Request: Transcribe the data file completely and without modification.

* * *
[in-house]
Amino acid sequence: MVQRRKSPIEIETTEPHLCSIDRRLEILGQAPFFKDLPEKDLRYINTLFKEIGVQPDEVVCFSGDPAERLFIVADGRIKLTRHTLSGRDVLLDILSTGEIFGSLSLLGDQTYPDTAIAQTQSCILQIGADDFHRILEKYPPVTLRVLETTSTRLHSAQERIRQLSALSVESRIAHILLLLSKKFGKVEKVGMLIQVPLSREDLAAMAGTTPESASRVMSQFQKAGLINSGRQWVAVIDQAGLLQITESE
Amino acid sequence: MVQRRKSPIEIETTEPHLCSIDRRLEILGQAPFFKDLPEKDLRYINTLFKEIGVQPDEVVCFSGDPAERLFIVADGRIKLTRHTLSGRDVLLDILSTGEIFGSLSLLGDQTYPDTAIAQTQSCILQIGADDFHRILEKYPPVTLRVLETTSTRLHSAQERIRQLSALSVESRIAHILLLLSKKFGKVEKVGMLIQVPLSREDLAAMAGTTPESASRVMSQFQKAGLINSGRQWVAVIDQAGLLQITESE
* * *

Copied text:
[in-house]
Amino acid sequence: MVQRRKSPIEIETTEPHLCSIDRRLEILGQAPFFKDLPEKDLRYINTLFKEIGVQPDEVVCFSGDPAERLFIVADGRIKLTRHTLSGRDVLLDILSTGEIFGSLSLLGDQTYPDTAIAQTQSCILQIGADDFHRILEKYPPVTLRVLETTSTRLHSAQERIRQLSALSVESRIAHILLLLSKKFGKVEKVGMLIQVPLSREDLAAMAGTTPESASRVMSQFQKAGLINSGRQWVAVIDQAGLLQITESE
Amino acid sequence: MVQRRKSPIEIETTEPHLCSIDRRLEILGQAPFFKDLPEKDLRYINTLFKEIGVQPDEVVCFSGDPAERLFIVADGRIKLTRHTLSGRDVLLDILSTGEIFGSLSLLGDQTYPDTAIAQTQSCILQIGADDFHRILEKYPPVTLRVLETTSTRLHSAQERIRQLSALSVESRIAHILLLLSKKFGKVEKVGMLIQVPLSREDLAAMAGTTPESASRVMSQFQKAGLINSGRQWVAVIDQAGLLQITESE